Skill-Building Opportunities
Communicating
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Refusing To Talk After Arguing

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Question:

When my ten-year-old daughter has an argument with me, she uses the silent treatment. She refuses to talk to me or even be in the same room with me until she decides she isn’t upset anymore. What can I do to help us communicate better so this doesn’t keep happening?

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Answer:

You’re in the middle of a hard place right now. As your child gets older, the way you communicate with each other will grow and change. It can be frustrating and hurtful to have arguments with your child, especially if she shuts down and refuses to talk to you. By promoting the life skill of Communicating, you and your child can develop effective ways of dealing with arguments, while still staying connected.

WHAT THEY’RE LEARNING:

Communicating

is much more than understanding language, speaking, reading and writing, It is the skill of determining what you want to communicate and realizing how communications will be understood by others. It is the skill that teachers and employers feel is most lacking today.

Tips to build this skill:

01

Encourage your child to express herself in different ways, both with and without words.

When your child has many ways of expressing herself during times when you aren’t arguing, she will have more tools to use to reconnect with you when you argue:

  • Start a journal. She can write whatever she wants, get her emotions under control and think more clearly about what she might want to say later.
  • Write a letter to the other person involved and then share with one another.
  • Use art supplies like paint, crayons, old magazines and glue. Ask her to create a collage or drawing that expresses how she feels. When she’s ready to talk, ask her to share it with you.
02

Give your child space.

Although it’s important to encourage open communication with your child, there are also moments when it’s appropriate to give her time until she’s ready to come to you.Taking a step back from a situation can help both of you calm down and think more clearly about what you want to say

  • Encourage your child to find her own place in your home where she can go when she needs time to be by herself. Have her decorate it and fill it with the things that she enjoys.
  • Reassure your child that you will be there for her: “Let me know when you are ready to talk. I will be in the other room.” This will show her that you value her growing independence, but are still there to support her when she needs you.
03

Give yourself space, too.

Make sure to take the time and space you need so you can respond to your child calmly and clearly. This means taking a break in the moment, and also making sure you have supportive people in your life.

  • Use your supports. Friends, family, colleagues and other parents can be valuable resources for helping you manage stress. Nathan Fox of the University of Maryland has found that parents who have supportive friends are less likely to transmit stress to their children.
  • Find your own strategies. What calms you? Deep breathing? Exercising? Listening to music? Use these tools to get a handle on your emotions, to relax and re-energize.Parenting is hard work and the more positive you feel, the better your interactions with your child will be.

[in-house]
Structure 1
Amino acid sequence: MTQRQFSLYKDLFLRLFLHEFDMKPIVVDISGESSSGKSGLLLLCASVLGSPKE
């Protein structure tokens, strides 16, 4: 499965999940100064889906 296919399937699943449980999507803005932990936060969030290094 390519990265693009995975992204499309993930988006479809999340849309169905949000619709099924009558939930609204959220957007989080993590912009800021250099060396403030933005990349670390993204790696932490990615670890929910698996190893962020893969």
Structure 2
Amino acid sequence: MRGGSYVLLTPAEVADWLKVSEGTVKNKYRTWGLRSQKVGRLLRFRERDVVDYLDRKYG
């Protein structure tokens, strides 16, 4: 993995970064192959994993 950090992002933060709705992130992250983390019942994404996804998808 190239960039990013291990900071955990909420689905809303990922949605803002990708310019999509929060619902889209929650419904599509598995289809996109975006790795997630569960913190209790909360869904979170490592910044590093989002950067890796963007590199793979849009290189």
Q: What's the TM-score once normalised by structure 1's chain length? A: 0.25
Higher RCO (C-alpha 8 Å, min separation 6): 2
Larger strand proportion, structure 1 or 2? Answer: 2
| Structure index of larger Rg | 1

• If you find yourself raising your voice with your child, let her know: “I am getting upset, and I don’t want to yell. So, I’m going to take a break. When I calm down, I’ll be ready to talk again.
04

Be an example of effective communication.

Be a role model of communication for your child. Show her how to admit mistakes and take responsibility. Use language and strategies that she can use like: “I’m sorry I yelled at that other car when I was driving. I need to remember to take a deep breath when I’m in traffic.”

05

Help your child learn how to repair these mismatches in communication

During a calm moment, have a discussion and brainstorm together to create strategies your child can use when she’s having trouble communicating difficult emotions.

  • Sometimes these conversations happen best in a car or when you are taking a walk together. You can say: “I know it can be hard to talk to me when you are upset. It’s not fun for either of us. But, when you refuse to speak, I don’t really know what’s bothering you. So, I can’t do anything to help.”
  • Let your child know: “I care about what you have to say and want to see if we can think of some ideas that might help us in those situations.”
  • Invite your child to come up with suggestions and offer some of your own. One strategy might be to think of a special word or gesture that your child can use to let †you know she needs some time or space to calm down. Keep trying different ideas until you find what works for both of you.

Alison Gopnik of the University of California at Berkeley notes that: If we want to be successful and deal with other people, [we need] to understand the people around us—particularly what’s going on in their minds.

06

Use everyday moments with your child to evaluate effective communication.

Look for opportunities to help your child think about what it means to communicate successfully. When watching television together, ask her questions about the characters.Encourage her to step back and ask herself these kinds of questions when she finds herself in a disagreement:

  • What do I think he was trying to say?
  • What is another way he could have said that?
  • What do I think he was feeling?
  • How would I deal with that situation?
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